Behind Hilton Head’s gates, guards wrangle gators, stop break-ins — and are in short supply

Surveillance technology at Palmetto Dunes

Chief of Security Jim Griner describes some of the advanced technology the department uses to keep track of what is going on in the development.
Up Next
Chief of Security Jim Griner describes some of the advanced technology the department uses to keep track of what is going on in the development.

It’s 5 a.m. in Port Wentworth, Ga., and Theoron Weeks is already up and getting ready for work.

He showers and shaves.

He doesn’t eat breakfast — he never does — and by 5:45 a.m., he’s out the door and driving up U.S. 21 toward Hilton Head Island, where his job as a patrol officer in a gated community awaits nearly an hour away.

His full title is Sgt. Theoron Weeks, and he’s worked at Hilton Head Plantation for a year and a half.

Once Weeks arrives, things get busy fast.

Like the shortages found in the island’s accommodations and food and beverage industry, security staff are also feeling the crunch.

“They are the face of each and every plantation on the island,” said Hilton Head Plantation general manager Peter Kristian.

That face is getting harder to find.

Nearly 70 percent of Hilton Head land sits behind gates in planned unit developments, most of which rely on private security staff to protect residents and their property.

“I think pretty much everyone is affected by staffing issues,” Weeks told The Island Packet. “It’s hard to get qualified applicants to come here and work. You’ve got to have a clear background.”

Katherine Kokal, The Island Packet.

The shortage has a direct impact on the way Weeks does his job.

If someone doesn’t show up for a shift or if a position is unfilled, another guard must step in to work a double.

At Hilton Head Plantation, each of the three shifts is staffed by six officers. Like many other island gated communities, security staff patrols the grounds 24 hours a day, seven days a week.

As the self-proclaimed “overtime king,” Weeks said he typically works six days a week — sometimes from 7 a.m. until 11:30 p.m. if he’s covering an open shift.

These armed officers are given an immense amount of responsibility.

They staff the gates which allow residents and guests to come and go.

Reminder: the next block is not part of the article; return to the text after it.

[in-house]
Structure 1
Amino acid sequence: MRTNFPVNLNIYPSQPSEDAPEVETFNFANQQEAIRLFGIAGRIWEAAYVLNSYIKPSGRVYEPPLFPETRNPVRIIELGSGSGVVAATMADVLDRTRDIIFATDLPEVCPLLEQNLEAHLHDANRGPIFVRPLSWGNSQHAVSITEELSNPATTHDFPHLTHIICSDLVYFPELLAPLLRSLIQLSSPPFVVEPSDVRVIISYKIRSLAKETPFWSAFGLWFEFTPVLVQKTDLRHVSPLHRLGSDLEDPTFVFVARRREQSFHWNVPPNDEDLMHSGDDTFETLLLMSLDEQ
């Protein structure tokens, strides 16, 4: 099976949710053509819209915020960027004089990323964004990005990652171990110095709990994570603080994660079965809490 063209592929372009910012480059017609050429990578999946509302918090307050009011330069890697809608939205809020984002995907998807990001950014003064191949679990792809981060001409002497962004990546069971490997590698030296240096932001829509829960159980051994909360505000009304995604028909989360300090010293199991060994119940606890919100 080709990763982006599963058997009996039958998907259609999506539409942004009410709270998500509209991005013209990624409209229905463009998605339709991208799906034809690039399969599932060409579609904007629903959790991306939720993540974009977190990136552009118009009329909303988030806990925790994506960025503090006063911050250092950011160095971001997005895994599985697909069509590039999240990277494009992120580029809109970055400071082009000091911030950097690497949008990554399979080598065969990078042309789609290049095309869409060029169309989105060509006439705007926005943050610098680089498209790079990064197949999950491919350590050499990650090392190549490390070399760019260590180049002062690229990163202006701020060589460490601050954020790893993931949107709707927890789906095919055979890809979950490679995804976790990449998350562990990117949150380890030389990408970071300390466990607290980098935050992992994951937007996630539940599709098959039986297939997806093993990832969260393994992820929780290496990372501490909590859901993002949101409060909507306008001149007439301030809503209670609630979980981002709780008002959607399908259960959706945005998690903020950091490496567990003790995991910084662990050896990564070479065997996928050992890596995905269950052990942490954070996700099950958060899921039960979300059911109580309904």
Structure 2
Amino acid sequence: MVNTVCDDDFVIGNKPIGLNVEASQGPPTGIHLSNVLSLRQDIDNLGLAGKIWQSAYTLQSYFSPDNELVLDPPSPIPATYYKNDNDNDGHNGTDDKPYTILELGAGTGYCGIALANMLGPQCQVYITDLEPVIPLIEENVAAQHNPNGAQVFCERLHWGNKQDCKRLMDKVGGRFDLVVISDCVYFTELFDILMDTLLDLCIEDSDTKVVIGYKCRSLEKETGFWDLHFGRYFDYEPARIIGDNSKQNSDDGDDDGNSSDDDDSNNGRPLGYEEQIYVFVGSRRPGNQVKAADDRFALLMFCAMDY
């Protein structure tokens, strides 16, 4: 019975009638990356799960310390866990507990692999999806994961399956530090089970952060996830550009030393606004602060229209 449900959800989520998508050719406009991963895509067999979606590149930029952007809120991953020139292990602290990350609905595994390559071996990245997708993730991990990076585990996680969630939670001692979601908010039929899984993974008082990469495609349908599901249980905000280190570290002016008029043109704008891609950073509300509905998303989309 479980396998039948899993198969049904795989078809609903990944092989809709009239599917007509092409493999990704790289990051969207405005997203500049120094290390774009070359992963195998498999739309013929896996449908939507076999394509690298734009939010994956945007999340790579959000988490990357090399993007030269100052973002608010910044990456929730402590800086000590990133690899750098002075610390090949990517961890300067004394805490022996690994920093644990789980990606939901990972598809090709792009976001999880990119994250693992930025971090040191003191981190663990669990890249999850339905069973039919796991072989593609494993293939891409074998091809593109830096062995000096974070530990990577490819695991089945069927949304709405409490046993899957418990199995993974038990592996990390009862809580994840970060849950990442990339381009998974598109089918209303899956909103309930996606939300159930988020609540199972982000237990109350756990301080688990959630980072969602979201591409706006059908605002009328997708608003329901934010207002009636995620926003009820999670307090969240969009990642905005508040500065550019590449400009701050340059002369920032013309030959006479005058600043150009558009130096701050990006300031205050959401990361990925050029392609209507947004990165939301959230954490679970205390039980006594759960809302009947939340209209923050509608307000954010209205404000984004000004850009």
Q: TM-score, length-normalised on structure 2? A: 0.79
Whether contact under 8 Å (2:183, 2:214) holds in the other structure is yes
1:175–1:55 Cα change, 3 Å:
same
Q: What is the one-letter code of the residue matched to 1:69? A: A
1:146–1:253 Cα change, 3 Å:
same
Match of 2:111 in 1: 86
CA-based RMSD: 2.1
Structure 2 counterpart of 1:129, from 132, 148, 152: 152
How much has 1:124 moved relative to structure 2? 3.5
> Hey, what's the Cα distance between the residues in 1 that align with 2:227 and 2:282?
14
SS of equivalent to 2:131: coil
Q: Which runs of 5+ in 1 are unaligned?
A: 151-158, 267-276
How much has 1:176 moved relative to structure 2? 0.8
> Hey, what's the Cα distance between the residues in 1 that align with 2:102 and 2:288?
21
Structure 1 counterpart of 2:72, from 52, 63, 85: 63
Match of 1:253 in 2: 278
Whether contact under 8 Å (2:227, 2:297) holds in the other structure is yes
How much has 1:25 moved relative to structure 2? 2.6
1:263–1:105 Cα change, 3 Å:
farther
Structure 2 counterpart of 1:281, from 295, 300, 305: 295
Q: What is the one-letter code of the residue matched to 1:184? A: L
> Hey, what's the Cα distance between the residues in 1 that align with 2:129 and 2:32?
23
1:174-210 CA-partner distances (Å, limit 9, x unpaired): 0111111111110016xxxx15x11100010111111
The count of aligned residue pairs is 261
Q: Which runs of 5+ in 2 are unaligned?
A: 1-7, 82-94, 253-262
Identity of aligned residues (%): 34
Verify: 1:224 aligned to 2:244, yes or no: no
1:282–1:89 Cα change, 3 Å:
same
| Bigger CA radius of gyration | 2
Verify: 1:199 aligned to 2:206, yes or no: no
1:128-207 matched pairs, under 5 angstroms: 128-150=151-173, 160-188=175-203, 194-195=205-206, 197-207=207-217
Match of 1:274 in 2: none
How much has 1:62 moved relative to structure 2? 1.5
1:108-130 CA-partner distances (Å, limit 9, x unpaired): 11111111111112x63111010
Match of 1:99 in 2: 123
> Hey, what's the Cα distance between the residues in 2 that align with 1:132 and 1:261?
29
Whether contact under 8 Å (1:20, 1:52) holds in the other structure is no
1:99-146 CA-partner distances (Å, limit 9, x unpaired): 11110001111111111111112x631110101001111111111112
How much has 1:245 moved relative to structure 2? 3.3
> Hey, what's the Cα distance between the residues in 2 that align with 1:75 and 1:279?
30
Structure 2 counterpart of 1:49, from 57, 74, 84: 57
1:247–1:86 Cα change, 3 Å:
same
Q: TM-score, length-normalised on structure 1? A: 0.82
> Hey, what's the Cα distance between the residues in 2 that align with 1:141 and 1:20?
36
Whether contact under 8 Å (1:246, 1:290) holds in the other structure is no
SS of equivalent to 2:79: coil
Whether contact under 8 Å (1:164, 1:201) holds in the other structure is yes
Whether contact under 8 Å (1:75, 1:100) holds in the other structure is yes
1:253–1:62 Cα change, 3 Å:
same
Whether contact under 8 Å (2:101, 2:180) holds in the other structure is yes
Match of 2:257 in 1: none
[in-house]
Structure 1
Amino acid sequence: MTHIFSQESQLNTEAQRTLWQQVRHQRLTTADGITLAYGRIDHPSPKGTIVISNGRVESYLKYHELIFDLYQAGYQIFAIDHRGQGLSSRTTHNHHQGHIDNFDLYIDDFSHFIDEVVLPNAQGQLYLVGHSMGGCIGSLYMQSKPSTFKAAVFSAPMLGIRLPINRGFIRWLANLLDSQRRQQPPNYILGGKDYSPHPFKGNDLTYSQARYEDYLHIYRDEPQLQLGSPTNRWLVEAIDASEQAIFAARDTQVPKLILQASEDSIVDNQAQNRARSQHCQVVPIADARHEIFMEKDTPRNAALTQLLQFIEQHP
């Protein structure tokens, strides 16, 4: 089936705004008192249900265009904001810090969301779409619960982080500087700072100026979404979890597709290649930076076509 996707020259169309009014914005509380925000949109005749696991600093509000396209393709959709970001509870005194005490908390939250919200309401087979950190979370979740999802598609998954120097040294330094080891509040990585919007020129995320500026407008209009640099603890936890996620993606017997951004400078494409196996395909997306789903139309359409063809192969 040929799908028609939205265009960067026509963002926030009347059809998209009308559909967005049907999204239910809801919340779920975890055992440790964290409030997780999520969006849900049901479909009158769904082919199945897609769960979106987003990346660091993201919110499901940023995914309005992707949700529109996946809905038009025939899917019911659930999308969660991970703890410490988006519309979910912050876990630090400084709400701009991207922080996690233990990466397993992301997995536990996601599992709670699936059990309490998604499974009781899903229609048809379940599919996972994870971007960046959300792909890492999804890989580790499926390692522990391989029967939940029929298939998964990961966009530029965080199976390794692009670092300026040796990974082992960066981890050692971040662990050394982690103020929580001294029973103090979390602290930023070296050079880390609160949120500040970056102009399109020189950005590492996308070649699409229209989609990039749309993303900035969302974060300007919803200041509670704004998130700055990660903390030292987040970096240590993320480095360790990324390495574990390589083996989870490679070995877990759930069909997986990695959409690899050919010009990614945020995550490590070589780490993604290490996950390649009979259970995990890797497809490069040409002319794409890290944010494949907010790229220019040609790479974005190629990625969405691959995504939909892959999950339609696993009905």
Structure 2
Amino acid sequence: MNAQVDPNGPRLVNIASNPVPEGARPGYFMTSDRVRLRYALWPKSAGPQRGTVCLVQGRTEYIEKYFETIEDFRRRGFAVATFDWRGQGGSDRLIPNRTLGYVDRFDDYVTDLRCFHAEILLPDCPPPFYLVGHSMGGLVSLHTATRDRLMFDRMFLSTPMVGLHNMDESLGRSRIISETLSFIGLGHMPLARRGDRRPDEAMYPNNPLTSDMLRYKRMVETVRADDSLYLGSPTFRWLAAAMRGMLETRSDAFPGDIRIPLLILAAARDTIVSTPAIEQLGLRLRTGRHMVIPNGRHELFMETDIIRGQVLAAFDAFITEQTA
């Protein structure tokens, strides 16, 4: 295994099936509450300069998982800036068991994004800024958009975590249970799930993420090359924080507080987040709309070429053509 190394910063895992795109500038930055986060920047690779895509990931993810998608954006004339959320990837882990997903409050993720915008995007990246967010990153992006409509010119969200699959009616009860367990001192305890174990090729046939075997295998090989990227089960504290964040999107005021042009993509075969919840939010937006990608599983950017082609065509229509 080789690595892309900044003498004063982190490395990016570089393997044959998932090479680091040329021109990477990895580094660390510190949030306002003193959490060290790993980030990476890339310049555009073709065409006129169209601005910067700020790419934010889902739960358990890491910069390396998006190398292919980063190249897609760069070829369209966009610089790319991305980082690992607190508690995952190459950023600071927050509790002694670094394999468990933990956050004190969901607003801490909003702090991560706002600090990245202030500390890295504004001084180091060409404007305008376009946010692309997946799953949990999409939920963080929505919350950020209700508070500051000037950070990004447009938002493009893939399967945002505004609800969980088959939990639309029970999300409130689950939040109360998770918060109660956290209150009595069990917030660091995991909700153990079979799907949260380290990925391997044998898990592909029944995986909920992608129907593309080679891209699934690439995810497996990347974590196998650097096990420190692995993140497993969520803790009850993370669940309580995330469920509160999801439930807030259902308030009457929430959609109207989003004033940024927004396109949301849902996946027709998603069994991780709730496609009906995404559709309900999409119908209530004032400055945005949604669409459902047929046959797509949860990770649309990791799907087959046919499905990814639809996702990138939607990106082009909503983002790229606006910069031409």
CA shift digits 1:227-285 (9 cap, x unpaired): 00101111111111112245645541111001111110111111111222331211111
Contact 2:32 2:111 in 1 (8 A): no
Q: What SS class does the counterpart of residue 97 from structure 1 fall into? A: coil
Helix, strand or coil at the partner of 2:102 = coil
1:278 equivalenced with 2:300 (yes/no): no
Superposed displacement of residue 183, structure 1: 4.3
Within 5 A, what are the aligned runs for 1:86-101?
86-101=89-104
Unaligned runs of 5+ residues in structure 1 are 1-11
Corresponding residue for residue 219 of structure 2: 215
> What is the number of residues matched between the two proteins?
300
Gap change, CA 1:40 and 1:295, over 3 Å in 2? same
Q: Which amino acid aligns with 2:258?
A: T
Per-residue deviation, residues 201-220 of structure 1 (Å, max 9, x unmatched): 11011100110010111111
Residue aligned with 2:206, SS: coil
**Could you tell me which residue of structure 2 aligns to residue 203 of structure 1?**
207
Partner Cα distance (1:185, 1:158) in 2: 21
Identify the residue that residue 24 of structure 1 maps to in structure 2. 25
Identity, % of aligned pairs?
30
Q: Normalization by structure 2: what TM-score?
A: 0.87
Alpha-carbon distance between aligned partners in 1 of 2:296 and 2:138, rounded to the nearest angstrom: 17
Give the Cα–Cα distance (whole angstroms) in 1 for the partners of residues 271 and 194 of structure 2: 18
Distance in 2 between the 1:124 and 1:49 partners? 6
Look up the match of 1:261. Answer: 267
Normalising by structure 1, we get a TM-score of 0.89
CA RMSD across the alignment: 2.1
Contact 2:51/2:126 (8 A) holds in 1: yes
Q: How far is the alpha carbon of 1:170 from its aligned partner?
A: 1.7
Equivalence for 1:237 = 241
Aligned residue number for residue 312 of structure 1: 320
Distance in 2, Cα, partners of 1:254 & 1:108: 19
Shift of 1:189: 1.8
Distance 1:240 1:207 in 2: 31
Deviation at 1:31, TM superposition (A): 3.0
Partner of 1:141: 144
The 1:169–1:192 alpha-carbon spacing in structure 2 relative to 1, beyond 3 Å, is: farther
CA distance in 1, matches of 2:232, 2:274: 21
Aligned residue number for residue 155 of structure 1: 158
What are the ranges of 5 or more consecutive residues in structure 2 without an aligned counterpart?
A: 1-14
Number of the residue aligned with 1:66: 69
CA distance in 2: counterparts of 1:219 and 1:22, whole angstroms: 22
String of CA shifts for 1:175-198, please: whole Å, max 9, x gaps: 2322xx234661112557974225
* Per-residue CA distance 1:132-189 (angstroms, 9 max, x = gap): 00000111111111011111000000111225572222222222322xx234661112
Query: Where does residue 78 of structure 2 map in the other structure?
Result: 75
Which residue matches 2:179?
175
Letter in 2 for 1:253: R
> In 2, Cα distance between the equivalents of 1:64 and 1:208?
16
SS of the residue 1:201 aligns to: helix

They respond to medical calls and investigate home alarm systems when the alarms go off.

They’ve even been known to wrangle alligators that stray into homes.

A different face of the labor shortage

Hilton Head Plantation advertised for new security officers Oct. 23.

And again on Dec. 5.

And yet again on Jan. 7.

Kristian said security personnel are the largest part of his staff. When fully staffed, security makes up 30 of the community’s 52 employees who serve a population of about 10,000 residents on 4,141 sites.

It’s getting harder to hire them.

“It’s always in a state of flux,” Kristian said. “It’s the same reasons for the shortages in all other areas: commuting, you don’t get hours off, and you’re working weekends.”

Katherine Kokal, The Island Packet.

Security officers work holidays as well and stay behind to assist residents as they evacuate before hurricanes, Kristian said.

The town of Hilton Head Island hired a housing consultant last year to make recommendations on workforce issues.

One of the things Lisa Sturtevant and Associates found was that 16.8 percent of workers on Hilton Head commute 50 miles or more each way to get to work — about 4,400 workers.

Weeks said he had never set foot on the island before starting work here.

One of the more frustrating parts of the shortage is when car troubles prevent someone from making it to a shift.

“On my shift, no one lives on the island,” Weeks said of his co-workers, many of whom live at least 40 minutes away.

There are other, more serious concerns.

Lt. Williette Lee, who works second shift at the gated community, said the hardest part of her job is responding to medical calls.

Several years ago, she found a woman unconscious in her home.

“That’s a call you never want to receive,” said Lee, who has worked as a guard for seven years. “You get the call, and you get there and you just hope their heart is still beating.”